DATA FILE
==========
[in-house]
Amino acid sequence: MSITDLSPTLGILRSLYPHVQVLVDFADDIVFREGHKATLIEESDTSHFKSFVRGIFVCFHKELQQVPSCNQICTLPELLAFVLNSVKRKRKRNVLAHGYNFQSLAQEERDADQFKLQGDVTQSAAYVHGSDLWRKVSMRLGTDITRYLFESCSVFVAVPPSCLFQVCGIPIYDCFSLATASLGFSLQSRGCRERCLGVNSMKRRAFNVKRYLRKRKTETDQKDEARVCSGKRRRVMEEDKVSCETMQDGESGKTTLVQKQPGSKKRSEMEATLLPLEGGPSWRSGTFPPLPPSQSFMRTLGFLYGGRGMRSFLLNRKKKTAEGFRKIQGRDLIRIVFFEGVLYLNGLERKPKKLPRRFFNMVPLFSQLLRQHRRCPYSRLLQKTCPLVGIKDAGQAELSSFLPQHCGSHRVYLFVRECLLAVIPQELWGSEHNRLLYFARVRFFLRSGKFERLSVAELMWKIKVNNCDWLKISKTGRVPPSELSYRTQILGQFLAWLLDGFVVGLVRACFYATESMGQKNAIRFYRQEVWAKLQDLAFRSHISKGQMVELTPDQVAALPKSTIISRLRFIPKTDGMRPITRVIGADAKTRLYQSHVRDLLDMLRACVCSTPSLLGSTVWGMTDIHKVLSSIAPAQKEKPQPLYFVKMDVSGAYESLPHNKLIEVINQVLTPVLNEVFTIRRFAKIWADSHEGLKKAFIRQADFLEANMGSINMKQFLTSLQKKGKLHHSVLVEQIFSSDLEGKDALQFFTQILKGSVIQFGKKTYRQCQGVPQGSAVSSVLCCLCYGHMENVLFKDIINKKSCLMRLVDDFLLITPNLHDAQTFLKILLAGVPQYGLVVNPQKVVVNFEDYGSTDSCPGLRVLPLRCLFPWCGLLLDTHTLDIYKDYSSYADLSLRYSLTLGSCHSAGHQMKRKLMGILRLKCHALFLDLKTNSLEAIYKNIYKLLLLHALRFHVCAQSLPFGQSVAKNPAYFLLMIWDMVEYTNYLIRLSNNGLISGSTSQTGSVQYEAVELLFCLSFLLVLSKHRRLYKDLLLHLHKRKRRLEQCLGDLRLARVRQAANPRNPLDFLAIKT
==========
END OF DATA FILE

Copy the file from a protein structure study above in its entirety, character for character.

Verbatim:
[in-house]
Amino acid sequence: MSITDLSPTLGILRSLYPHVQVLVDFADDIVFREGHKATLIEESDTSHFKSFVRGIFVCFHKELQQVPSCNQICTLPELLAFVLNSVKRKRKRNVLAHGYNFQSLAQEERDADQFKLQGDVTQSAAYVHGSDLWRKVSMRLGTDITRYLFESCSVFVAVPPSCLFQVCGIPIYDCFSLATASLGFSLQSRGCRERCLGVNSMKRRAFNVKRYLRKRKTETDQKDEARVCSGKRRRVMEEDKVSCETMQDGESGKTTLVQKQPGSKKRSEMEATLLPLEGGPSWRSGTFPPLPPSQSFMRTLGFLYGGRGMRSFLLNRKKKTAEGFRKIQGRDLIRIVFFEGVLYLNGLERKPKKLPRRFFNMVPLFSQLLRQHRRCPYSRLLQKTCPLVGIKDAGQAELSSFLPQHCGSHRVYLFVRECLLAVIPQELWGSEHNRLLYFARVRFFLRSGKFERLSVAELMWKIKVNNCDWLKISKTGRVPPSELSYRTQILGQFLAWLLDGFVVGLVRACFYATESMGQKNAIRFYRQEVWAKLQDLAFRSHISKGQMVELTPDQVAALPKSTIISRLRFIPKTDGMRPITRVIGADAKTRLYQSHVRDLLDMLRACVCSTPSLLGSTVWGMTDIHKVLSSIAPAQKEKPQPLYFVKMDVSGAYESLPHNKLIEVINQVLTPVLNEVFTIRRFAKIWADSHEGLKKAFIRQADFLEANMGSINMKQFLTSLQKKGKLHHSVLVEQIFSSDLEGKDALQFFTQILKGSVIQFGKKTYRQCQGVPQGSAVSSVLCCLCYGHMENVLFKDIINKKSCLMRLVDDFLLITPNLHDAQTFLKILLAGVPQYGLVVNPQKVVVNFEDYGSTDSCPGLRVLPLRCLFPWCGLLLDTHTLDIYKDYSSYADLSLRYSLTLGSCHSAGHQMKRKLMGILRLKCHALFLDLKTNSLEAIYKNIYKLLLLHALRFHVCAQSLPFGQSVAKNPAYFLLMIWDMVEYTNYLIRLSNNGLISGSTSQTGSVQYEAVELLFCLSFLLVLSKHRRLYKDLLLHLHKRKRRLEQCLGDLRLARVRQAANPRNPLDFLAIKT